Can Stress Cause Neck Pain? Understanding The Connection

can stress cause neck pain

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Have you ever felt a sharp pain in your neck after a particularly stressful day? If so, you’re not alone. Stress, a prevalent and often unavoidable part of our daily lives, can directly impact our physical health, especially the neck and shoulders. When under stress, our bodies react by tensing up, leading to muscle tension in various parts, particularly the neck. 

This heightened muscle tension can cause or worsen neck pain​. Moreover, stress can affect the muscular, hormonal, and neurological systems, further intensifying pain​​. Not just that, it can make us more sensitive to pain sensations, meaning a minor twinge might feel more painful than it truly is.

Effects of Stress on the Body

Stress doesn’t only manifest as neck pain. It has various effects on our bodies. Beyond the muscular tension, stress can cause mood swings, headaches, and even weight fluctuations. 

Over time, repetitive episodes of stress can pave the way for musculoskeletal issues in the neck and back​​. So, your neck pain isn’t just from physical stress; it’s also tied to how you feel emotionally and mentally.

Management of Stress and Neck Pain

Addressing neck pain caused by stress goes beyond merely treating the physical symptoms. While exercises and physical therapies can help alleviate pain, it’s crucial to tackle the root cause: the stress itself. 

Managing stress might involve a combination of self-care tips, medications, therapy, and lifestyle changes. It’s not just about getting rid of the pain but ensuring that the pain doesn’t become chronic. After all, chronic pain can be a persistent reminder of unresolved stress or anxiety.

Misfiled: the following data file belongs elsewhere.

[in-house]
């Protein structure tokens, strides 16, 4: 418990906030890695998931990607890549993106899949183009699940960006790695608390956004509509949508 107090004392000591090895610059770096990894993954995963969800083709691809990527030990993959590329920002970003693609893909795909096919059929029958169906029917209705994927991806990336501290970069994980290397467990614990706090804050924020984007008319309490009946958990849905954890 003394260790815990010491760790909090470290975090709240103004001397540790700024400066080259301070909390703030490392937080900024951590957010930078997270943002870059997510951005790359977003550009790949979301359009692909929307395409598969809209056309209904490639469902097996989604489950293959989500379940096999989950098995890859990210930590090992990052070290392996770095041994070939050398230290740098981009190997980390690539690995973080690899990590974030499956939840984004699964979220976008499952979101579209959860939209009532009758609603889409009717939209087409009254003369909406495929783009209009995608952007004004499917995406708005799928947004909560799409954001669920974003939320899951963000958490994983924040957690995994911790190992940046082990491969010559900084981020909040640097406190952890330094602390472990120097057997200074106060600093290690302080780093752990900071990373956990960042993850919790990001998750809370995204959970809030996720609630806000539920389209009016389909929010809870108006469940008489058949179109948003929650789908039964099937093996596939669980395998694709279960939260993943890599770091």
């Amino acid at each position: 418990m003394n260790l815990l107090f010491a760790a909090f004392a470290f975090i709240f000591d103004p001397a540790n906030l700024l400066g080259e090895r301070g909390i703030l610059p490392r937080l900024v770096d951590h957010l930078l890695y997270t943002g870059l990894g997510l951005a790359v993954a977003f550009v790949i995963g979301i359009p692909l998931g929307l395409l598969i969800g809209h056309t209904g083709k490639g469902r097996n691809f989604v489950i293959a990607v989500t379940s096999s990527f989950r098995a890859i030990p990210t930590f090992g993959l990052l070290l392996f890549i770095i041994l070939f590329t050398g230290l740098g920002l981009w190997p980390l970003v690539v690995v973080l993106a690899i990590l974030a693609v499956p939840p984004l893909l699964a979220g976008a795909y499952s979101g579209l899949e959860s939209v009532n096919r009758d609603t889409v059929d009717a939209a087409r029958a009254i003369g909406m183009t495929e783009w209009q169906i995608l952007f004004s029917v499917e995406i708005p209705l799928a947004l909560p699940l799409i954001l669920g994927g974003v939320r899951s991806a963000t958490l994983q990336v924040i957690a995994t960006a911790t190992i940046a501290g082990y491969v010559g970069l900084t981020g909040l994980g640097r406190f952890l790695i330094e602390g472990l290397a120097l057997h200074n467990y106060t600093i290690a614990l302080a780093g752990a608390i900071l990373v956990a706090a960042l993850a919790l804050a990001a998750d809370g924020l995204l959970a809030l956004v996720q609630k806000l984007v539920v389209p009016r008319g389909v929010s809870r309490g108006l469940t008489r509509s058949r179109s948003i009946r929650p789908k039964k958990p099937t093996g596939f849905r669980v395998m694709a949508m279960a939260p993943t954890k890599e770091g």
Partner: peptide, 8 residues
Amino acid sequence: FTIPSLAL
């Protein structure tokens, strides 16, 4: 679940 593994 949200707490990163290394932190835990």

Exercises to Alleviate Neck Pain from Stress

Exercises are a powerful tool in combating neck pain that arises from stress. Engaging in physical activity, especially targeted exercises, can help alleviate muscle tension. 

When we’re stressed, our muscles, particularly around the neck and shoulders, tend to tighten up. Exercise can help loosen these tightened muscles, promoting relaxation and increasing blood flow to the affected area. 

Moreover, exercising releases endorphins, which are natural painkillers and mood elevators. This not only reduces the perception of pain but also helps in tackling the root cause: stress.

Here are some targeted exercises specifically designed to help with stress-induced neck pain:

1. Lacrosse ball for soft tissue mobilization (upper back)

Soft tissue mobilization is like giving your muscles a good massage. It helps to release tension and ease muscle spasms. When muscles are tight, they pull our bones in the wrong direction. By loosening them up, we help our skeleton get back to its natural position.

lacrosse ball to tackle trigger point

Using a lacrosse ball to find and press on tight spots (trigger points) can help. These trigger points can lead to neck spasms and discomfort. By releasing them, we’re one step closer to better posture.

2. Levator Scapulae Stretch

  • Begin by sitting upright in a chair.
  • Depending on the side of pain, place that hand on the seat. For instance, if your right side aches, use the right hand.
  • With your opposite hand, gently grasp the side of your head.
  • Apply a gentle pressure to guide your gaze toward the opposite armpit.
  • Hold for 30 seconds and repeat three times.
Levator Scapulae Stretch Step 1

3. Chin Tucks

Exercise demonstration focusing on scapular retractions, aimed at strengthening the upper back to correct forward head posture.
Exercise demonstration focusing on scapular retractions, aimed at strengthening the upper back to correct forward head posture.
  • You can perform a chin tuck laying on your back or sitting or standing.
  • Gently tuck the chin directly back as if trying to make a double chin. Avoid nodding your head.
  • Hold this position for 2 seconds, then slowly relax your muscles.
  • Repeat 10 repetitions.

4. Scapular Retraction